You can pretend to settle an argument with your spouse just to make it go away, but that is only going to make things worse. Why? "Holding resentment is the quickest way to destroy love," says psychotherapist Tina Tessina, PhD, of Long Beach, California. "Resentment is like the rust that eats away at the bonds of your relationship." If you don't resolve the underlying issues that are causing your resentment and anger, then your relationship will inevitably be worn down to the point of no return.
You don't go out on dates anymore.
After getting married, it takes work to maintain the spark that once existed in your relationship. If you don't work on keeping it alive, you risk falling into the same old routines. "From the moment you begin to live together, romantic moments are no longer automatic," says Tessina. "Instead, much of your time together is spent on more mundane things: doing laundry, washing dishes, paying bills, or going to work. As soon as the initial newness of living together wears off, such everyday things cease to feel exciting and romantic, and you may find yourself feeling worried that your partner no longer cares as much or is as excited to be with you."
You don't listen.
Every person in a relationship just wants their voice to be heard—but in return, you need to give your partner that same respect and actually listen to what they're saying. If your partner thinks that you're ignoring them, they will feel like their opinions and emotions aren't important to you—and consequently, neither is the relationship.
You got married too soon.
If you got married straight out of high school or college, you might start to reconsider your relationship later on. According to a 2015 study from Nicholas Wolfinger, a professor at the University of Utah, couples who marry younger are at a greater risk of divorce compared to couples who wed in their late 20s and early 30s. Unfortunately, if you get hitched when you're under the age of 20, Wolfinger estimates that your divorce risk is 32 percent, based on age alone.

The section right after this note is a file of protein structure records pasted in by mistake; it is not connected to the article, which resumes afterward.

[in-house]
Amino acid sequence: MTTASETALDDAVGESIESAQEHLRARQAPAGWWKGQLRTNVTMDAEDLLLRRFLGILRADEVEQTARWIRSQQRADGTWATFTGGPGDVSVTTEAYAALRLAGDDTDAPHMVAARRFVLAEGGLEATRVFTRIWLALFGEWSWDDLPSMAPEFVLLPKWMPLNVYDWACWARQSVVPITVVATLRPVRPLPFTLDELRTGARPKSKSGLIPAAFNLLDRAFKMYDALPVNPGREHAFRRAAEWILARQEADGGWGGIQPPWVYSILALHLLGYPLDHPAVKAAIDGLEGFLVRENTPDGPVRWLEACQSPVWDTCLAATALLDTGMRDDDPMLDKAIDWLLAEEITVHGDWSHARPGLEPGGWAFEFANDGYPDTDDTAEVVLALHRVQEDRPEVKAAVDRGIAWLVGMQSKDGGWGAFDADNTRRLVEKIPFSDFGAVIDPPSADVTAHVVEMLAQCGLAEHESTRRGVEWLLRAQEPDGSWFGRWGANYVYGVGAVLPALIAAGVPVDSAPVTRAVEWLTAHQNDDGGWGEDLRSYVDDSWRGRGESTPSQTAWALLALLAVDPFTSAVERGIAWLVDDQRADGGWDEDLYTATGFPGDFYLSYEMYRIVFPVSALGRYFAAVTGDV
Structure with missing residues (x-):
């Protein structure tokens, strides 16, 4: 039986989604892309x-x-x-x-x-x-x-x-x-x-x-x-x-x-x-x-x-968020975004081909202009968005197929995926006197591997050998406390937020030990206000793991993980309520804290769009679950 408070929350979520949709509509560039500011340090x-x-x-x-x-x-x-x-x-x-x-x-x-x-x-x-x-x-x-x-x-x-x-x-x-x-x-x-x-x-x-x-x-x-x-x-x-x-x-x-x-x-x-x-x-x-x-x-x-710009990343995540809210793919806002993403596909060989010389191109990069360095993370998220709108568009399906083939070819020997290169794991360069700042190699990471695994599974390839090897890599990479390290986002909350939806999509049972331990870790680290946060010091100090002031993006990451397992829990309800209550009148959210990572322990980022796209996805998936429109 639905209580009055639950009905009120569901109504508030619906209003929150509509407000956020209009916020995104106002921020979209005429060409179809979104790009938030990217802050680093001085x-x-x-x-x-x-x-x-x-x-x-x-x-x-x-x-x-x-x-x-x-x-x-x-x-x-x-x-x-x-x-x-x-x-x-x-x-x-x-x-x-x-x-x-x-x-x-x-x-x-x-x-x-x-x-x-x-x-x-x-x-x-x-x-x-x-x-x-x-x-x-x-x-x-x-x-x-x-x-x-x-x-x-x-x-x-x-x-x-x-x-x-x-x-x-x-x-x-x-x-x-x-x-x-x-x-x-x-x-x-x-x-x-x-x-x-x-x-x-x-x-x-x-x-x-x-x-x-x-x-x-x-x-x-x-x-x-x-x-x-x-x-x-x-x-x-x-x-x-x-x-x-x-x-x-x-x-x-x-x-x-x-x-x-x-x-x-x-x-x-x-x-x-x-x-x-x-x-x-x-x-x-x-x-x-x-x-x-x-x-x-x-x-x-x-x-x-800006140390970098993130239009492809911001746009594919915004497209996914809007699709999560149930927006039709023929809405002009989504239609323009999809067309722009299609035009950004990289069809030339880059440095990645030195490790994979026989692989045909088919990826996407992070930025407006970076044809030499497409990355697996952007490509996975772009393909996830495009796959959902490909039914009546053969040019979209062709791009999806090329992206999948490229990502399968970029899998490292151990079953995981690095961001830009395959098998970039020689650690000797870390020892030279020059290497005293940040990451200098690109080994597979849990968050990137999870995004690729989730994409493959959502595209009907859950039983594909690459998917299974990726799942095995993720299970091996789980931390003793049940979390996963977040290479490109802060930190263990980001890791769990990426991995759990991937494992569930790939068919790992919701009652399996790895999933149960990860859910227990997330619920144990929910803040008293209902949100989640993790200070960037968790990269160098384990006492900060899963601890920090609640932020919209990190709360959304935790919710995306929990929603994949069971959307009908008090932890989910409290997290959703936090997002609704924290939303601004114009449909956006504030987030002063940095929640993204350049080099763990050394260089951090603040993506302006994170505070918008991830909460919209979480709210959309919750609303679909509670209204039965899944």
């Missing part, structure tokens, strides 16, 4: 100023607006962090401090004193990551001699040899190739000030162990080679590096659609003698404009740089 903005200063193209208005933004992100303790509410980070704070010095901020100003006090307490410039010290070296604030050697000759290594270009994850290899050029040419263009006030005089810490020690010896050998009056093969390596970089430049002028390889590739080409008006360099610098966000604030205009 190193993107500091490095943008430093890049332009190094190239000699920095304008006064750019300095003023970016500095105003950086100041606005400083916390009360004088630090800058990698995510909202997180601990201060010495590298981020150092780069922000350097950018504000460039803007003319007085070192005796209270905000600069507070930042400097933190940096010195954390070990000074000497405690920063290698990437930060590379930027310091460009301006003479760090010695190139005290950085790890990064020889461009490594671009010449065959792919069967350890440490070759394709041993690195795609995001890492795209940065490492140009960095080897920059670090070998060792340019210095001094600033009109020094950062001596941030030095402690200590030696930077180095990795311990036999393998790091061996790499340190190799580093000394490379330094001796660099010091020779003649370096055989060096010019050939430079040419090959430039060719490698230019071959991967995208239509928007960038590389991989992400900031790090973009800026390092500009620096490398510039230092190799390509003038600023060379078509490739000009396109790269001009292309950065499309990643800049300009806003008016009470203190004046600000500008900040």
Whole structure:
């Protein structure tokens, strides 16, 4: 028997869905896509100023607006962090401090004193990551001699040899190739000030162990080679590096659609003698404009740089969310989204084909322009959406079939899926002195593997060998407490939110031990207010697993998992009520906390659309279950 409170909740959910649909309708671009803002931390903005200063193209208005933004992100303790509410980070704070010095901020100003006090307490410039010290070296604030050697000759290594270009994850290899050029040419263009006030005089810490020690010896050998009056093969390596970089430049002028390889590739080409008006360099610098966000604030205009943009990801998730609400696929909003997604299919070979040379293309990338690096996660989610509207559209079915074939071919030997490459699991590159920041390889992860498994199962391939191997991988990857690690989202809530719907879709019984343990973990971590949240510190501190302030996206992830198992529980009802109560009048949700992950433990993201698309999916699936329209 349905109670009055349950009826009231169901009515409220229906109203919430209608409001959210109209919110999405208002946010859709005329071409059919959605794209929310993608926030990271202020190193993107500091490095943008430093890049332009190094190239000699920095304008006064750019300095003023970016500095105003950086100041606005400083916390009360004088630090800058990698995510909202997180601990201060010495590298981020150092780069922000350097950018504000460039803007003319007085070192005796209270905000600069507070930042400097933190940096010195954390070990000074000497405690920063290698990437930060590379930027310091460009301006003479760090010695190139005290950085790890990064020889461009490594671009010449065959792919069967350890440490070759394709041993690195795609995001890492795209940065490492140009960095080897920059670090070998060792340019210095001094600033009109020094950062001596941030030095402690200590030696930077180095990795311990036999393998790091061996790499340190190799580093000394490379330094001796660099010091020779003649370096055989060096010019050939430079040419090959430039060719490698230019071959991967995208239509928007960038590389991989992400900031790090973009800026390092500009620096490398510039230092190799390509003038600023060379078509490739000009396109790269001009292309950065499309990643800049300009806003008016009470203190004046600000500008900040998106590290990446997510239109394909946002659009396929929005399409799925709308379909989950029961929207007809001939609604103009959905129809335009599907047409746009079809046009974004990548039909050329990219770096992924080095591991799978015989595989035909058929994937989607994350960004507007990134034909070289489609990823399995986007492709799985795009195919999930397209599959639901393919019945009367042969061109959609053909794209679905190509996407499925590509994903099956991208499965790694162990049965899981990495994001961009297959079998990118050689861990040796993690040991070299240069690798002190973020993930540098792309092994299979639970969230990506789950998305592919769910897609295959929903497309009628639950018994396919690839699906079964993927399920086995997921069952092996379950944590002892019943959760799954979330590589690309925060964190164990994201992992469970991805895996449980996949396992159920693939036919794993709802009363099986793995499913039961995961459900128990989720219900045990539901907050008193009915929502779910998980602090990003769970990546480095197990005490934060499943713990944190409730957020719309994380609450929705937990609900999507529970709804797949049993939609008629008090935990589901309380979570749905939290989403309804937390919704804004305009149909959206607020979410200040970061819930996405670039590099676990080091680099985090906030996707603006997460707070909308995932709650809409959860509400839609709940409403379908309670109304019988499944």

Or you didn't properly prepare for marriage.
Before you tie the knot, make sure you figure out finances, living arrangements, future career paths—anything that could potentially get in the way of your happiness and relationship down the line. If you fail to do so, your relationship might be doomed from the start. In a 2001 survey of more than 2,000 married and divorced people in Oklahoma, researchers found that "little or no helpful premarital preparation" was a top reason cited by divorcees for why their marriages didn't last.
Or you started a family right off the bat.
Starting a family is a big decision that shouldn't be rushed into—and if you do jump the gun on that choice, it could kill your marriage. One 2009 study published in the Journal of Personality and Social Psychology found that "parents showed sudden deterioration following birth on observed and self-reported measures … of relationship functioning."
You're on different pages sexually.
Sometimes relationships fall apart not because of incompatibility, but because of issues in the bedroom. In her list of some of the common reasons for divorce, U.K.-based relationship therapist Elly Prior noted on her blog that "problems with love-making" and "loss of libido" are both commonly cited issues in failing or failed relationships.
Or the relationship is too intimate.
All newlyweds should express some level of affection—but too much of any good thing can be a problem too. According to one 2001 study published in the journal Interpersonal Relationships and Group Processes, couples who displayed overly intense amounts of affection at the onset of the marriage were more likely to get divorced in the long-run compared to couples who were less overtly affectionate. A fire that strong takes a lot of effort to keep alive—so naturally, it will burn out faster than one that starts as a manageable spark.
You're just not compatible.
Sure, opposites might attract at first, but at the end of the day, they're not always compatible, and they can't always figure out how to make a long-lasting relationship work. Little things like messiness and movie preferences are negligible, but it's the bigger things like political views, senses of humor, and spending habits that can be the straws that break the camel's back.
Unsurprisingly, infidelity is one of the most common reasons why relationships fall apart. In fact, in that 2001 survey in Oklahoma, among those who were divorced, one of the most popular reasons given for the split was "infidelity or extramarital affairs." And for what to do if you're battling infidelity, avoid The 17 Worst Things You Can Do If You Catch Your Partner Cheating.